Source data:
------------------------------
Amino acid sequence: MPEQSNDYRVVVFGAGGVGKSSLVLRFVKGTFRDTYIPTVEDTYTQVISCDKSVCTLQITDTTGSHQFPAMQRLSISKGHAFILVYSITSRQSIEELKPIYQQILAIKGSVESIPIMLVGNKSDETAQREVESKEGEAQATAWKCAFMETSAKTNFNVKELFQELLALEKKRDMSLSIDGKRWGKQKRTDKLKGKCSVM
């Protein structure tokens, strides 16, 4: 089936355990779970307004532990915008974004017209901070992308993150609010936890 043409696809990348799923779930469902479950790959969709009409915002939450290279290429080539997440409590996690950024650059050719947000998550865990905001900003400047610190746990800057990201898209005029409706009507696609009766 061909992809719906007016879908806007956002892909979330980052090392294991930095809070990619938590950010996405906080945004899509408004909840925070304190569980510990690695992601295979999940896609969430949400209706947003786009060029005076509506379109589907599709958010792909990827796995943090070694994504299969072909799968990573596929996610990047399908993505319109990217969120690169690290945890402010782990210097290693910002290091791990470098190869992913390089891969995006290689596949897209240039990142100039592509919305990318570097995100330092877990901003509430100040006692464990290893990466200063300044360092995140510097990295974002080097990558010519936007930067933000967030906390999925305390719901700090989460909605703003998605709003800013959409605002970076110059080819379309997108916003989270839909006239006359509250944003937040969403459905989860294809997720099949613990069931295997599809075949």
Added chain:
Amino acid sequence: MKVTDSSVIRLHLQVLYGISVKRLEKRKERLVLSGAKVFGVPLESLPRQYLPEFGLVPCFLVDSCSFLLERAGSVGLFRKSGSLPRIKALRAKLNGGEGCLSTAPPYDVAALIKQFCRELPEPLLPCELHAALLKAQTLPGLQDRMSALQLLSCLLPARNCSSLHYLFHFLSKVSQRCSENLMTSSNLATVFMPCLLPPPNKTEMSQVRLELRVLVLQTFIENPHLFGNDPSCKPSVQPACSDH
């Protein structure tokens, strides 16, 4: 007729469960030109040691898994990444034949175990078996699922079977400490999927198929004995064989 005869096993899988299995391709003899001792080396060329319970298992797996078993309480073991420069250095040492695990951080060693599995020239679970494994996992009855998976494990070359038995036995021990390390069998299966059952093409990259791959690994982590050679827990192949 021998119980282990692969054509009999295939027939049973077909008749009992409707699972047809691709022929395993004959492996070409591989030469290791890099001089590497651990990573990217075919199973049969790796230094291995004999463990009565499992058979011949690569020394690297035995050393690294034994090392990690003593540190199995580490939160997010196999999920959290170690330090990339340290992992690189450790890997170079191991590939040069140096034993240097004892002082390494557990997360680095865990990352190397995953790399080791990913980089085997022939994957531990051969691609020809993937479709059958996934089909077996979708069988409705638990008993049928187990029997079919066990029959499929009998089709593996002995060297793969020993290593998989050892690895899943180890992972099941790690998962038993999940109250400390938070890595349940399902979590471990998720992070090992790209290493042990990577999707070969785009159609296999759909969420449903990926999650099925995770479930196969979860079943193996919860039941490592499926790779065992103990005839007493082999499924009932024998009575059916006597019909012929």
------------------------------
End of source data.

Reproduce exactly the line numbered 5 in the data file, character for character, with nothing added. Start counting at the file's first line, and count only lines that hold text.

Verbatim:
């Protein structure tokens, strides 16, 4: 007729469960030109040691898994990444034949175990078996699922079977400490999927198929004995064989 005869096993899988299995391709003899001792080396060329319970298992797996078993309480073991420069250095040492695990951080060693599995020239679970494994996992009855998976494990070359038995036995021990390390069998299966059952093409990259791959690994982590050679827990192949 021998119980282990692969054509009999295939027939049973077909008749009992409707699972047809691709022929395993004959492996070409591989030469290791890099001089590497651990990573990217075919199973049969790796230094291995004999463990009565499992058979011949690569020394690297035995050393690294034994090392990690003593540190199995580490939160997010196999999920959290170690330090990339340290992992690189450790890997170079191991590939040069140096034993240097004892002082390494557990997360680095865990990352190397995953790399080791990913980089085997022939994957531990051969691609020809993937479709059958996934089909077996979708069988409705638990008993049928187990029997079919066990029959499929009998089709593996002995060297793969020993290593998989050892690895899943180890992972099941790690998962038993999940109250400390938070890595349940399902979590471990998720992070090992790209290493042990990577999707070969785009159609296999759909969420449903990926999650099925995770479930196969979860079943193996919860039941490592499926790779065992103990005839007493082999499924009932024998009575059916006597019909012929």